Pyschology of arson: What fuels people to set flames?

The Tennessee Department of Agriculture says arson is the reason behind nearly half of all wildfires in 2016.

But what fuels a person to set those flames?

According to the Tennessee Bureau of Investigation, there were 930 reported arsons in 2015. Ninety-seven adults and 40 juveniles were arrested.

The Department of Agriculture says this year nearly 700 wildfires in the state were arson.

Clinical psychologist Diana McCoy says she’s not surprised by that number.

About 80 percent of arsonists are never caught, according to McCoy, whose expertise comes from working on arson cases in juvenile court.

"It's an easy crime to commit. You do it by yourself most of the time, and who's there to see?" she said.
McCoy says arsonists set fires for multiple reasons, mostly for profit, revenge or thrill seeking.

RELATED: State targeting arsonists as wildfires continue to burn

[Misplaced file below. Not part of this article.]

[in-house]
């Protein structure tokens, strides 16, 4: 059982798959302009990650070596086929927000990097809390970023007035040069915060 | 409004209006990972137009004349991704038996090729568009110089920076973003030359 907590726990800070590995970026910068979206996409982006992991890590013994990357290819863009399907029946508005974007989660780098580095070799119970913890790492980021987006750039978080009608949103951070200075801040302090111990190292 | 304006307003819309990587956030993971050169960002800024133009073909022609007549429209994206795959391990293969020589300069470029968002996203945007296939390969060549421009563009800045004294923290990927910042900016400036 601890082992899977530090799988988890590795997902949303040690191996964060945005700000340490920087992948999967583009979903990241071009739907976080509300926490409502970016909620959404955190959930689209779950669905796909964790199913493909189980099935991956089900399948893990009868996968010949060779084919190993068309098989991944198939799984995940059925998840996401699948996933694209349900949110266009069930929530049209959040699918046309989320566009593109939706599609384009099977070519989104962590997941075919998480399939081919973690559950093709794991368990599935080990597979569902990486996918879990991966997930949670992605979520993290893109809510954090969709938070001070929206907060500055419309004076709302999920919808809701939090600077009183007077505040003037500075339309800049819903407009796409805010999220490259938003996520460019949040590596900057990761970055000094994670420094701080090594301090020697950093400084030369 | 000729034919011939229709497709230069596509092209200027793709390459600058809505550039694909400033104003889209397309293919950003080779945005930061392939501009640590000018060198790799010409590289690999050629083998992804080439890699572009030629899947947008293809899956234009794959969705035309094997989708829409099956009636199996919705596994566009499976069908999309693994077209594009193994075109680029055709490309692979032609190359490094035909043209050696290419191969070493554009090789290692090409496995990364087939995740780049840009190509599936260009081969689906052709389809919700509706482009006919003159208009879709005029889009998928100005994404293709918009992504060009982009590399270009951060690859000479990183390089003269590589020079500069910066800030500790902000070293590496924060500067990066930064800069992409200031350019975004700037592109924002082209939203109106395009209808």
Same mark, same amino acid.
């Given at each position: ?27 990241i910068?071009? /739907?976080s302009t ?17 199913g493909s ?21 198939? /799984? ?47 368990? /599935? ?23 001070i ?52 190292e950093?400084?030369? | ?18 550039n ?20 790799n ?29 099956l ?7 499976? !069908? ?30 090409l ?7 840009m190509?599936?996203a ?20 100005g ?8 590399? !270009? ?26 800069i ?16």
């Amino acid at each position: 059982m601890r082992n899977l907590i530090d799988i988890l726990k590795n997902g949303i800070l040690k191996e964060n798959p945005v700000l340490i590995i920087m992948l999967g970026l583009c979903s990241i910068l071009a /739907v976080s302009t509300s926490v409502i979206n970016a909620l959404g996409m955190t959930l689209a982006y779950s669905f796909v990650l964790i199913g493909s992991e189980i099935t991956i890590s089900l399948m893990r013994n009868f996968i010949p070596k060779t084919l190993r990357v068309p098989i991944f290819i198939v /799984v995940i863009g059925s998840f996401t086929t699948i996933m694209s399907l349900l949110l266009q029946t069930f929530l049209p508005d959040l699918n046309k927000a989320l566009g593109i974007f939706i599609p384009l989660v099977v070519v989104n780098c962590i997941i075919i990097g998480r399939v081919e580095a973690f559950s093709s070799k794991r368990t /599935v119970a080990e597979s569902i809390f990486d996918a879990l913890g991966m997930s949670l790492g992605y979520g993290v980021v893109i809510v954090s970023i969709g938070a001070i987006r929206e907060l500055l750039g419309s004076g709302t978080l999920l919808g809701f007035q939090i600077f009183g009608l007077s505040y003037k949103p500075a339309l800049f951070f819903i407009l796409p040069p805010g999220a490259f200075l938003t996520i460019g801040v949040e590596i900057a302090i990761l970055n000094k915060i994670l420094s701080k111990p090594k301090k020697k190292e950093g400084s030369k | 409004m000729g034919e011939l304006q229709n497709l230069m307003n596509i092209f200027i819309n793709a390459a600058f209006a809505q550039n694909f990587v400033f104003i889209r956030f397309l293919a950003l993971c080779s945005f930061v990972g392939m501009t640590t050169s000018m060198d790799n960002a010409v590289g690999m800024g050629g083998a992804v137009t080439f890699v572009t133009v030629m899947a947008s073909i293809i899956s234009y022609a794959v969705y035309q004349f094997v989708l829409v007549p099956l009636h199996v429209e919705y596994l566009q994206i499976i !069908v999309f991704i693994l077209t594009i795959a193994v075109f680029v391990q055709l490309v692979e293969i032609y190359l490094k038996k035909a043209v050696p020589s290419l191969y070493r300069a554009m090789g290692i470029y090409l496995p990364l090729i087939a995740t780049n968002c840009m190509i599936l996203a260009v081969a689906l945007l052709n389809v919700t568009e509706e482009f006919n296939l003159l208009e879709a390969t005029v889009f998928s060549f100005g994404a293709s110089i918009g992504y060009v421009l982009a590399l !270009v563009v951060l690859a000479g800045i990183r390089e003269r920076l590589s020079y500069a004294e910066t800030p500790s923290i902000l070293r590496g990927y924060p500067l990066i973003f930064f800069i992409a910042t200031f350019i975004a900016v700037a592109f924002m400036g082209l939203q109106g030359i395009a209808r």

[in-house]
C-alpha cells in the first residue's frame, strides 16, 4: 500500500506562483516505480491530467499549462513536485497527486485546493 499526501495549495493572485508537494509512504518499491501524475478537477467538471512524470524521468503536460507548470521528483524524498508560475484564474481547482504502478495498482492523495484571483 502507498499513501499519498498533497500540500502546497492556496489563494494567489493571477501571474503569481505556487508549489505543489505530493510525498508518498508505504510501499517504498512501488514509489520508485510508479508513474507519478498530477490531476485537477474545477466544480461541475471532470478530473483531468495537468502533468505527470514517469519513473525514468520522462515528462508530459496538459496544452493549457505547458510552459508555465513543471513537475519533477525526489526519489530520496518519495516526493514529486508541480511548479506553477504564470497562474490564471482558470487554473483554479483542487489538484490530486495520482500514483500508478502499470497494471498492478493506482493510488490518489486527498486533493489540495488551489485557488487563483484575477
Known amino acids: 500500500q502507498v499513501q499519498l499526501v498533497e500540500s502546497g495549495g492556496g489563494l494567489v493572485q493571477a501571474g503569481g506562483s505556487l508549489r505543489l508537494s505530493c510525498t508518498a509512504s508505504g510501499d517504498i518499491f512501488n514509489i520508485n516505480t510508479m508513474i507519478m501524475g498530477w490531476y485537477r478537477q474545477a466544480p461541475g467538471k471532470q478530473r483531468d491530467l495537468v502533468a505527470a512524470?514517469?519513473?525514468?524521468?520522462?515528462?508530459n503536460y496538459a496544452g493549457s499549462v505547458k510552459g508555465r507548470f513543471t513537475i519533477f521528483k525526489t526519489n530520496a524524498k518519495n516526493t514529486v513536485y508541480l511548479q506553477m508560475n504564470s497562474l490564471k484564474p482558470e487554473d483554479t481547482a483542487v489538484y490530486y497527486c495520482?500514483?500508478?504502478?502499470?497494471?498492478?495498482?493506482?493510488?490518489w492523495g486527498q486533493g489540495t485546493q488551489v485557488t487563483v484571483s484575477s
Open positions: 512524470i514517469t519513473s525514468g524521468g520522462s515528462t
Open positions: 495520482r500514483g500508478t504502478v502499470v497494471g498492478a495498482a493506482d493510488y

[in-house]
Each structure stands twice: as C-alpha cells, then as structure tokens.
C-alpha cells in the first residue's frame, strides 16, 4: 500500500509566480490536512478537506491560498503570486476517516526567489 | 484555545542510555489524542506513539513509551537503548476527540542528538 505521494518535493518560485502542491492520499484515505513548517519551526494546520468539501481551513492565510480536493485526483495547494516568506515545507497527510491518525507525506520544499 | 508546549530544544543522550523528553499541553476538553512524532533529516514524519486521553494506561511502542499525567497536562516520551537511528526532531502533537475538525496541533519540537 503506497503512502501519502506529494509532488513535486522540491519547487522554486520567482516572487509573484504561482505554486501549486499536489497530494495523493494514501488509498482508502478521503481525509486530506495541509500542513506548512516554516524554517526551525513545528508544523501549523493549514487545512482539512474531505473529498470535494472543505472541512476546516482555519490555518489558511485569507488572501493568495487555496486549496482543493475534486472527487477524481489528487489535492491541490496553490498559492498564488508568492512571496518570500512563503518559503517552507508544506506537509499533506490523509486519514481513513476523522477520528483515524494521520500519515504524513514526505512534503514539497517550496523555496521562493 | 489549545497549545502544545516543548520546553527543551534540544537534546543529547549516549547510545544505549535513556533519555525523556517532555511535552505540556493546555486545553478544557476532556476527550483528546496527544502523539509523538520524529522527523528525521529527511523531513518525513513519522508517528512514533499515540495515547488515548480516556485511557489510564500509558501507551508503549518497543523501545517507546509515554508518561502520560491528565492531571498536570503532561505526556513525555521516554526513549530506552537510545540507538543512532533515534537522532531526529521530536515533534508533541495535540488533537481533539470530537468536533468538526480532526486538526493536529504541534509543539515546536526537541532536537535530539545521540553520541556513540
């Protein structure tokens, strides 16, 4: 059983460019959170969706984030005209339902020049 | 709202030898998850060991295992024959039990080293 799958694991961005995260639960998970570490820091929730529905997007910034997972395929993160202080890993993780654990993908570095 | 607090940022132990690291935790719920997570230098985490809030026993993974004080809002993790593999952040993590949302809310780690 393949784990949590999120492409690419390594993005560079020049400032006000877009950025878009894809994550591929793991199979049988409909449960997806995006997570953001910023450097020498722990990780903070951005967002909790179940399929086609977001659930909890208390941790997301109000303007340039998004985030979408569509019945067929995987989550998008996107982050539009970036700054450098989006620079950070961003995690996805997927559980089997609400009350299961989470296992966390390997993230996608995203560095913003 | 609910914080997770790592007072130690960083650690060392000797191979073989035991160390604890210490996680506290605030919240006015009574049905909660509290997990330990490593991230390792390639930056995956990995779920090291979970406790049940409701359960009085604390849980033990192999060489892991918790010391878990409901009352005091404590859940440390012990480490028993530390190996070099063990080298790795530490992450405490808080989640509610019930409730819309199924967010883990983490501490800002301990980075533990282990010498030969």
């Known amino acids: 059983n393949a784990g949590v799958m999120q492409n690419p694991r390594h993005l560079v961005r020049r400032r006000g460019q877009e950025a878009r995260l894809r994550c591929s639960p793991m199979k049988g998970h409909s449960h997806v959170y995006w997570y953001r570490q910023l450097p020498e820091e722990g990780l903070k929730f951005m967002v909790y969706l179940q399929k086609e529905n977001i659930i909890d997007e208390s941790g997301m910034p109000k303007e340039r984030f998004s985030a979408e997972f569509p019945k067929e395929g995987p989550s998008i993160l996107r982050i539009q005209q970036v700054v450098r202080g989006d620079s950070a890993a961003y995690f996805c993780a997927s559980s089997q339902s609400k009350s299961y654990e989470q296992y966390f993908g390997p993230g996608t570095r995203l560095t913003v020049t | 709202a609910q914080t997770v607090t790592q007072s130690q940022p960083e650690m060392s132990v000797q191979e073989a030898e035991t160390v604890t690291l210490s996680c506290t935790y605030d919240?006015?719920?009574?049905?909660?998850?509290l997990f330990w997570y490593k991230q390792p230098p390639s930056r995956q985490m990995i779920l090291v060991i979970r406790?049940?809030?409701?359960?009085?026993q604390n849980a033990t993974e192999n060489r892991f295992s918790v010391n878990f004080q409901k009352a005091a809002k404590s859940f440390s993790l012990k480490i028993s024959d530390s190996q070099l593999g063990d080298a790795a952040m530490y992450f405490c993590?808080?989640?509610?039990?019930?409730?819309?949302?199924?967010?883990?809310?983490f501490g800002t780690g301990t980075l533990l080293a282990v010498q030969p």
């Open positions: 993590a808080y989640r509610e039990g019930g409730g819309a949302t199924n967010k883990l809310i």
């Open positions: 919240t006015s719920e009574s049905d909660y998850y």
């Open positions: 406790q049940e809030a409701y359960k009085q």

She also says arsonists tend to be angry or frustrated with life and feel cut off from society.

"There's a lot of people these days who feel disenfranchised and feel cut off and not a part of the community, and we're in an entitled society, so people who feel like they're not getting what they're due,” she said.

About half the people who purposely set fires are young men who are teens or in their early 20s.

McCoy says sometimes you can tell at a young age which children might have issues with arson.

"They will set secret fires. Especially if you see a child that is really excited about fire, then this is somebody who may have an issue with arson later,” she said.

People who commit arson do not have a mental illness. McCoy says some people suffer from pyromania - an impulse control disorder in which people have an irresistible urge to set fires.

She said pyromaniacs can be arsonists, but they typically only set fires to enjoy the flames.

The state's arson reward fund is now at $2,500 for a tip that leads to an arson arrest and conviction. The arson hotline is 1-800-762-3017 and is answered 24 hours a day.

(© 2016 WBIR)


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